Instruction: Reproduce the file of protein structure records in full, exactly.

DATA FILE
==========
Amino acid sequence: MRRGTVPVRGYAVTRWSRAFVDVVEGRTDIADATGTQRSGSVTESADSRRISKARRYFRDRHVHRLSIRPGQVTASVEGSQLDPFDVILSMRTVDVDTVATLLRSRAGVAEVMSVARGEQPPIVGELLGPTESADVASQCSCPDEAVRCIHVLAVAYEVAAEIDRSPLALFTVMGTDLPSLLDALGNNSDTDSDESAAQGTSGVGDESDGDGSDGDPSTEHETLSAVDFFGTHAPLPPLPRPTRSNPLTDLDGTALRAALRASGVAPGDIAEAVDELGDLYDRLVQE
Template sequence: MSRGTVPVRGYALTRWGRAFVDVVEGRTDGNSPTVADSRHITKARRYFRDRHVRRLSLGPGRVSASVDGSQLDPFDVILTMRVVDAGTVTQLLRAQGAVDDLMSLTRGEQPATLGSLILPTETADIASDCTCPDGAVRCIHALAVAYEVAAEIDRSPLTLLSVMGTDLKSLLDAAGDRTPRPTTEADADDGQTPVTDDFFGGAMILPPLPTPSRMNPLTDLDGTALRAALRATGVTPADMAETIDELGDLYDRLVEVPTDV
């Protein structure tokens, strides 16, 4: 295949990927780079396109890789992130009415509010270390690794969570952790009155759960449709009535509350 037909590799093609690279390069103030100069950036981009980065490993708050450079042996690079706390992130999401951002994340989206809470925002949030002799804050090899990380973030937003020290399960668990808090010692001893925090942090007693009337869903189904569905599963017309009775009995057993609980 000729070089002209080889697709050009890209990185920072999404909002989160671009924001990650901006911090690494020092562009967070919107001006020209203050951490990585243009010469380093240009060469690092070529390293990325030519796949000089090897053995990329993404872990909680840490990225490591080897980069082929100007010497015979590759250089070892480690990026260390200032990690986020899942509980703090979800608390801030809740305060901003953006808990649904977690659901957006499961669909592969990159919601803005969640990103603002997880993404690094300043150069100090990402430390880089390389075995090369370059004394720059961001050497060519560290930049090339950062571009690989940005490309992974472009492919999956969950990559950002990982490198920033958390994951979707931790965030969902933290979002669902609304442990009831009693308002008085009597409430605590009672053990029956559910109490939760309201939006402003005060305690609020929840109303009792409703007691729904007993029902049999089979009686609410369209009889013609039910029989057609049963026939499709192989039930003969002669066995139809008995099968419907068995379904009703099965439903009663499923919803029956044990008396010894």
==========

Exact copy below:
Amino acid sequence: MRRGTVPVRGYAVTRWSRAFVDVVEGRTDIADATGTQRSGSVTESADSRRISKARRYFRDRHVHRLSIRPGQVTASVEGSQLDPFDVILSMRTVDVDTVATLLRSRAGVAEVMSVARGEQPPIVGELLGPTESADVASQCSCPDEAVRCIHVLAVAYEVAAEIDRSPLALFTVMGTDLPSLLDALGNNSDTDSDESAAQGTSGVGDESDGDGSDGDPSTEHETLSAVDFFGTHAPLPPLPRPTRSNPLTDLDGTALRAALRASGVAPGDIAEAVDELGDLYDRLVQE
Template sequence: MSRGTVPVRGYALTRWGRAFVDVVEGRTDGNSPTVADSRHITKARRYFRDRHVRRLSLGPGRVSASVDGSQLDPFDVILTMRVVDAGTVTQLLRAQGAVDDLMSLTRGEQPATLGSLILPTETADIASDCTCPDGAVRCIHALAVAYEVAAEIDRSPLTLLSVMGTDLKSLLDAAGDRTPRPTTEADADDGQTPVTDDFFGGAMILPPLPTPSRMNPLTDLDGTALRAALRATGVTPADMAETIDELGDLYDRLVEVPTDV
């Protein structure tokens, strides 16, 4: 295949990927780079396109890789992130009415509010270390690794969570952790009155759960449709009535509350 037909590799093609690279390069103030100069950036981009980065490993708050450079042996690079706390992130999401951002994340989206809470925002949030002799804050090899990380973030937003020290399960668990808090010692001893925090942090007693009337869903189904569905599963017309009775009995057993609980 000729070089002209080889697709050009890209990185920072999404909002989160671009924001990650901006911090690494020092562009967070919107001006020209203050951490990585243009010469380093240009060469690092070529390293990325030519796949000089090897053995990329993404872990909680840490990225490591080897980069082929100007010497015979590759250089070892480690990026260390200032990690986020899942509980703090979800608390801030809740305060901003953006808990649904977690659901957006499961669909592969990159919601803005969640990103603002997880993404690094300043150069100090990402430390880089390389075995090369370059004394720059961001050497060519560290930049090339950062571009690989940005490309992974472009492919999956969950990559950002990982490198920033958390994951979707931790965030969902933290979002669902609304442990009831009693308002008085009597409430605590009672053990029956559910109490939760309201939006402003005060305690609020929840109303009792409703007691729904007993029902049999089979009686609410369209009889013609039910029989057609049963026939499709192989039930003969002669066995139809008995099968419907068995379904009703099965439903009663499923919803029956044990008396010894």